Monday, 12 November 2018

#CBR10 Book 96: "Last Night with the Earl" by Kelly Bowen

Page count: 368 pages
Rating: 3.5 stars

Eli Dawes, the current Earl of Rivers, has been presumed dead for several years after Waterloo. Before he defied his father's wishes and went off to war, he was a handsome, popular and carefree nobleman; now he's got all manner of scars, both physical and emotional, as well as a healthy helping of guilt for never letting his father know he survived the war. He returns to England for reasons (I don't remember, it's been like a month since I finished this), but instead of going to London, he returns to the country house in Dover, where he plans to hide away and deal with his inheritance.

Eli doesn't realise that his father rented out the property to Haverhall School for Young Ladies, and that as a result, the house is full of inquisitive young ladies, as well as their teachers, one of whom is Miss Rose Hayward, who is quite surprised to find him sneaking in a window in the dead of night. Rose and Eli have a past, and in Rose's mind, Eli is the callous rake who disappeared along with her fiancee, destroying her reputation and humiliating her and many other of London's young ladies. Now Rose is a sought-after, but very reclusive portrait painter. She doesn't go out in Society anymore, and believed Eli died, like her faithless fiancee, on the battlefield.

Eli takes his responsibilities seriously, and while he's reluctant to rejoin society, he wants to do good with his inheritance (among other things, open a charitable foundation to take care of soldiers' families). While Rose is initially reluctant to spend time with him,  they can't seem to stay away from one another, and Rose discovers that Eli had absolutely no idea what his former best friend did before he ran off to join the army. He eventually confesses his long-held feelings for Rose, who may in fact return them - but she can never be the wife the Earl of Rivers needs. Rose has scars of her own, they're just a lot less visible than Eli's.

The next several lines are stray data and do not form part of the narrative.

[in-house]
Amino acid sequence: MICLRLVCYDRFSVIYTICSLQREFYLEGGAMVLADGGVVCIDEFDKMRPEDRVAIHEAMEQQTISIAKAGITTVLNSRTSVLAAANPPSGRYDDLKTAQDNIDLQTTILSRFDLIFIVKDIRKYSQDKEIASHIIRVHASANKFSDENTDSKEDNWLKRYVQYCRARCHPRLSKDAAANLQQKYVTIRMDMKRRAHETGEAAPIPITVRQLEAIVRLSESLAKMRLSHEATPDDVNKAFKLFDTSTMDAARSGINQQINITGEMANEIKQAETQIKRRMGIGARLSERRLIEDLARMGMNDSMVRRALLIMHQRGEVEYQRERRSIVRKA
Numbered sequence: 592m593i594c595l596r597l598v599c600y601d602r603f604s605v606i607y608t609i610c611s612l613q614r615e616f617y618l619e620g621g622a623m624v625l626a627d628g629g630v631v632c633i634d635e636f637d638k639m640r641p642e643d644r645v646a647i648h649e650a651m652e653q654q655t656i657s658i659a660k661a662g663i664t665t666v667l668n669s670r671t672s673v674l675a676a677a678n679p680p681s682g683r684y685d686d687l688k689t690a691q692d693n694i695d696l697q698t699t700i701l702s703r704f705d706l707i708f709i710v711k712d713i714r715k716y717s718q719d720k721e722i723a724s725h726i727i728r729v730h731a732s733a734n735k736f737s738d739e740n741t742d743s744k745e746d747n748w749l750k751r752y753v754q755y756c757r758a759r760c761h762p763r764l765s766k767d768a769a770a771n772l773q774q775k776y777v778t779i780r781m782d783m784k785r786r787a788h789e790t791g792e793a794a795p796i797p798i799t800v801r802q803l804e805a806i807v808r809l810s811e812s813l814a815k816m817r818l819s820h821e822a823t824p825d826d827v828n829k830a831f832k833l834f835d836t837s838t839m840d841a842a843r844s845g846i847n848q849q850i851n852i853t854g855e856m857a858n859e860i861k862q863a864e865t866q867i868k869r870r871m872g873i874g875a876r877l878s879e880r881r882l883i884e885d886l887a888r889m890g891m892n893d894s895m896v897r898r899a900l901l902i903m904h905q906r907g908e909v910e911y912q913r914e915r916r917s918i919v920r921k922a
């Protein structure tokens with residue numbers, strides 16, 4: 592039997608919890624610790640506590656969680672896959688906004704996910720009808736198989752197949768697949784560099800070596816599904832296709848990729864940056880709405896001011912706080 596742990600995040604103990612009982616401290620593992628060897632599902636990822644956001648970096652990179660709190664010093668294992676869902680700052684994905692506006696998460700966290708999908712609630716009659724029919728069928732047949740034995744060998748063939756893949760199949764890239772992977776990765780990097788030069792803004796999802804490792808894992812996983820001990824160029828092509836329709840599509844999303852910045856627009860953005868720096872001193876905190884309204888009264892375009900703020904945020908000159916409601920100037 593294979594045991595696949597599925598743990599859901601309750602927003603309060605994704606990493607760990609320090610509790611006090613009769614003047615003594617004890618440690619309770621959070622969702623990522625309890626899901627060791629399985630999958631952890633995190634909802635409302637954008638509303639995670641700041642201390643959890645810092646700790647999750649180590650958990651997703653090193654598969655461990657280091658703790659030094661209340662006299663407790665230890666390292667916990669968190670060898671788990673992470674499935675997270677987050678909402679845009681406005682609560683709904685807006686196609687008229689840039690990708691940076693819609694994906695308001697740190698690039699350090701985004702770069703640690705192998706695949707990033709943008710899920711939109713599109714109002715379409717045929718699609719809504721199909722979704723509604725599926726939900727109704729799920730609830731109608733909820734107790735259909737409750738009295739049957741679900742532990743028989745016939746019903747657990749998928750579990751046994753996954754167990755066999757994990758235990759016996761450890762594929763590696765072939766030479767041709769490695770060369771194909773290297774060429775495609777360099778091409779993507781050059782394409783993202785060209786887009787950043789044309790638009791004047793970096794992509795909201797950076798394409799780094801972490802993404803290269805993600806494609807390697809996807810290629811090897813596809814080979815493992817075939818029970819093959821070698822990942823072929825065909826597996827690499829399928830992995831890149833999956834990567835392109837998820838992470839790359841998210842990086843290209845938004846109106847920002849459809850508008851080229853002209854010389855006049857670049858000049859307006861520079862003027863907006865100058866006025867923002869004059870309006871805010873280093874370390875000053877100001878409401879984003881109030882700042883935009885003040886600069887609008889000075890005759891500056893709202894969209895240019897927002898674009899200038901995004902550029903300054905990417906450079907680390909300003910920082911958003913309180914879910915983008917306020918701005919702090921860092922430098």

I came to have very high expectations of Kelly Bowen after really enjoying every single book in her Seasons for Scandal series. In this new one, The Devils of Dover, the books are entertaining enough, but not really very memorable. I read this a month ago, and barely remember the finer details of the plot or the central romance. In contrast, I can still remember most of the plots of her previous trilogy, so something is clearly just not there in the same way for me with these books.

I don't think it helped that Eli, the scarred war hero wanting to hide away from the world, kept reminding me a lot of the Duke of Ashbury, in Tessa Dare's much more memorable and enjoyable The Duchess Deal. This was a perfectly fine book while I was reading it, with cameo appearances by several people already introduced in A Duke in the Night. In this, there is no disappointing subplot with a weak antagonist (if there is an actual antagonist, it's Rose's dead fiancee, whose past actions have driven a wedge in Eli and Rose's earlier friendship), bu there isn't really any grand passion here either.

While this book was perfectly fine while I read it, it's one of those romances that just doesn't stick much in my mind. There's nothing too objectionable about it, but nothing to make me want to re-read it either. I am looking forward to book three, where Rose and Clara's brother has apparently been running a smuggling ring as well as being a doctor, but really hope it's better than the first two in this series.

Judging a book by its cover: While half of the cover model's face is in shadow here, it does not look as if his face is terribly scarred and disfigured from the war. From what you can see, if you squint, this guy has a perfectly normal face. Same with his arms and chest - no serious scarring there. If one of the major points of the book is that the hero is scarred from the war, maybe choose a different cover image? Or have, I don't know, a female cover model, to represent the heroine?

Crossposted on Cannonball Read.

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